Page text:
Skip to main content

Sudan coup: Police fire tear gas as thousands of protesters reach presidential palace

Demonstrations mark the third anniversary of the beginning of uprising that eventually ousted Omar al-Bashir
Demonstrators carry a banner that reads 'no backing up, no defeat' as they rally in the northern part of the capital Khartoum, on 19 December 2021 (AFP)

Sudanese security forces fired tear gas at a huge crowd of protesters near the Republican Palace in Khartoum on Sunday as tens of thousands of demonstrators marked the third anniversary of the beginning of protests that eventually ousted former President Omar al-Bashir. 

Chanting the "people are stronger and retreat is impossible," demonstrators gathered less than a kilometre from the palace, with some running into side streets to dodge volleys of tear gas being fired into the crowds. 

Sudan: The protester who had his leg shot off
Read More »

Witnesses said that protestors still managed to reach the gates of the palace, unlike previous demonstrations, but later encountered a new round of heavy tear gas. Speaking to Middle East Eye, one witness said protesters had made it into the palace, briefly

Security forces fatally shot a 16-year-old on Sunday in the head in the Sudanese city of Omdurman, the Central Committee of Sudanese Doctors said in a statement. This brings the death toll to 41 people who have died in protests since the 25 October coup, according to the committee. 

Meanwhile, a total of at least 123 people were injured in Sunday's protests, according to the Sudanese Health Ministry. 

Images posted online showed protestors thousands gathered outside the palace where they staged a sit-in. Security forces could be seen watching as more people gathered outside the building. 

"The people want the downfall of Burhan," protesters shouted against the current military chief, General Abdel Fattah al-Burhan, who led the coup on 25 October.

While an agreement to reinstate Prime Minister Abdalla Hamdok, who had been under house arrest, was announced on 21 November, the agreement has failed to quell civil unrest.

Protesters travel across Sudan

From in front of the presidential palace in Khartoum, one protester, Ezaldin Ali, told MEE that the resistance committees remain against any compromise with the army or Hamdok, adding that they will continue different methods of protests to bring the current government down. 

'We are here now... until we defeat this military coup and bring back civilian rule'

-Ahmed Mahmoud, resident of al-Hasahisa, Sudan

"We raised our clear and radical slogans that no partnership with the army, no compromise and no negotiations will take place, so we will stand against the military ruling forever," he said.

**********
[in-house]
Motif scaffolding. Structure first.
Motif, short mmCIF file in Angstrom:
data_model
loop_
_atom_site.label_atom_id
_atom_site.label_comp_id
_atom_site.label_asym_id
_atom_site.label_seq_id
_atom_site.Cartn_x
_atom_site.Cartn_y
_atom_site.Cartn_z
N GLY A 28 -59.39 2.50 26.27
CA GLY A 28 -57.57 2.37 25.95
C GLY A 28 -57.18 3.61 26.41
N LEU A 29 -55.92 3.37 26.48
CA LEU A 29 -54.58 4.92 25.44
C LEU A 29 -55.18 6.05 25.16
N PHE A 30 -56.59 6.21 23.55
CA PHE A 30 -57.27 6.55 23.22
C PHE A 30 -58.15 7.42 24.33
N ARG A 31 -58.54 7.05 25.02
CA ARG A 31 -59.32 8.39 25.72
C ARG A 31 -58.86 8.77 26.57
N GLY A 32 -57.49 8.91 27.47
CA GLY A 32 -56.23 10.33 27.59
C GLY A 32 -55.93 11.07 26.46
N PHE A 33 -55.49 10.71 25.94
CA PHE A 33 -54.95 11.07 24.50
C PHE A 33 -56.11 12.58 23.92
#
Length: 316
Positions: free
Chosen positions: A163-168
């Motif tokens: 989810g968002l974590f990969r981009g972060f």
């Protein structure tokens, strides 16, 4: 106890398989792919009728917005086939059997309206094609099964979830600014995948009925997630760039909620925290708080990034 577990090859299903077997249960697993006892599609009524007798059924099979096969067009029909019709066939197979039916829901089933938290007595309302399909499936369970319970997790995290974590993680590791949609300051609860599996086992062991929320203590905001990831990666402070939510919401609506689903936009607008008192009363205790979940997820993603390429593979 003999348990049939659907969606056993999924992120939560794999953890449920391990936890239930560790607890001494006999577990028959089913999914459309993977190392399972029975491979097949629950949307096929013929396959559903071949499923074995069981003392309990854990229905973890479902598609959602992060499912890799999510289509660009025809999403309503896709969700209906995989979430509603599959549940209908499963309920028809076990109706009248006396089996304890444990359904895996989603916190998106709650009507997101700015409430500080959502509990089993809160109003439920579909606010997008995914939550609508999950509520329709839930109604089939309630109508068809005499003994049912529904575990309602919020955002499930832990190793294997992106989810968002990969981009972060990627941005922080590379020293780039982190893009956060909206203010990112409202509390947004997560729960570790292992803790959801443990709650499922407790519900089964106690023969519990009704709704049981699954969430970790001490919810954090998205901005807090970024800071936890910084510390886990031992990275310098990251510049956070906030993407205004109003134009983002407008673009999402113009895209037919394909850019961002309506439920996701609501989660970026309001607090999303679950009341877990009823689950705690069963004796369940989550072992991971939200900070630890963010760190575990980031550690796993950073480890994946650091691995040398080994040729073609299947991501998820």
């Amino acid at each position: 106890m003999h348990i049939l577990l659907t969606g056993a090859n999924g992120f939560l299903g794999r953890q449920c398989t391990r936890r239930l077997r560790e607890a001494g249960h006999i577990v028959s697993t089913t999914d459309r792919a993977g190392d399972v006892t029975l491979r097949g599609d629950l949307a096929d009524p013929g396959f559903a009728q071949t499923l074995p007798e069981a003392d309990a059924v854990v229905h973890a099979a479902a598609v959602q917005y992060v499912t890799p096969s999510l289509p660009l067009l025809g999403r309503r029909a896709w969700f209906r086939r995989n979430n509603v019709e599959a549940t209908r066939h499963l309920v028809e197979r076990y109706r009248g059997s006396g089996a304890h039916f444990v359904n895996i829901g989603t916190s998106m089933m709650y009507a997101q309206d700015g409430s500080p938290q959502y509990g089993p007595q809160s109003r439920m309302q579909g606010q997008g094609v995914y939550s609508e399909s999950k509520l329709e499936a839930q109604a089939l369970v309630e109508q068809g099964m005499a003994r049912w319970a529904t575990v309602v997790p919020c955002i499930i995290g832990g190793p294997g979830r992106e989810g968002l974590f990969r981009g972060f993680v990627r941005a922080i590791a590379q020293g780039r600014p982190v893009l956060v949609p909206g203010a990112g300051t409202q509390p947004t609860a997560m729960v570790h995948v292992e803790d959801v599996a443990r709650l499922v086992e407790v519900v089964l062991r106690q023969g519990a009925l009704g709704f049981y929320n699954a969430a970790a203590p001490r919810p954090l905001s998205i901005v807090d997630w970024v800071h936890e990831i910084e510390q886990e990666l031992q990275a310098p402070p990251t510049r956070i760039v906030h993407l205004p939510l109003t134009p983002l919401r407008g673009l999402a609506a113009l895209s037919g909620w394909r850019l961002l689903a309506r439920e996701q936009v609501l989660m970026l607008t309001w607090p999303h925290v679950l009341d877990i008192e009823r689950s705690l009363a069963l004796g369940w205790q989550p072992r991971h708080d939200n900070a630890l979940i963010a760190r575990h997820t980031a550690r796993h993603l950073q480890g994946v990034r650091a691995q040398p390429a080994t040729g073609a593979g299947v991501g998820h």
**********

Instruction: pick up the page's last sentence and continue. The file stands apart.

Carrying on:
Earlier, the notorious Rapid Support Forces had been deployed alongside the military and police to guard the presidential palace against protesters. 

Images online also showed protestors breaking through a security barriers placed on the Mek Nimir bridge and Omdurman bridge to cross into Khartoum after it was earlier blocked by security forces.

On Sunday morning, witnesses had told Reuters that protesters were brought on buses from other states, including North Kordofan and Gezira, to join the protests in the capital. 

"The numbers are huge and security forces can't control them," said Mohamed Hamed, who saw protests in Omdurman, Khartoum's twin city.

Ahmed Mahmoud from the central Sudanese town of al-Hasahisa told MEE that he and his group walked more than 60 miles in four days in order to join the protests. 

"We left al-Hasahisa four days ago and thousands of people from the villages all around walked as well … we entered Khartoum yesterday night and we are here now to stand with our brothers and sisters until we defeat this military coup and bring back civilian rule," he said.

Other cities also planned to mark the anniversary. Tear gas was thrown at protestors in Port Sudan, according to unconfirmed reports on Twitter.

'Major setback'

Hamdok said in a statement on Saturday that Sudan's revolution faced a "major setback" and that stubbornness from all sides threatened the country's unity and stability. 

"We face today a major setback to the path of our revolution that threatens the country's security, unity, and stability, which alerts us to the beginning of a backslide into a pit that leaves us neither a nation nor a revolution," Hamdok said.

'A major setback': Sudan's Hamdok fears for country's future amid mass protests
Read More »

Protest organisers have however vowed, in a key slogan, "No negotiation, no partnership and no legitimacy".

Sunday's protest is the ninth demonstration against the coup despite the military reinstating Hamdok, who had been under house arrest, and releasing other high-profile detainees. 

Protesters saw the move to bring back Hamdok as a betrayal of the revolution and have vowed to continue fighting against the military.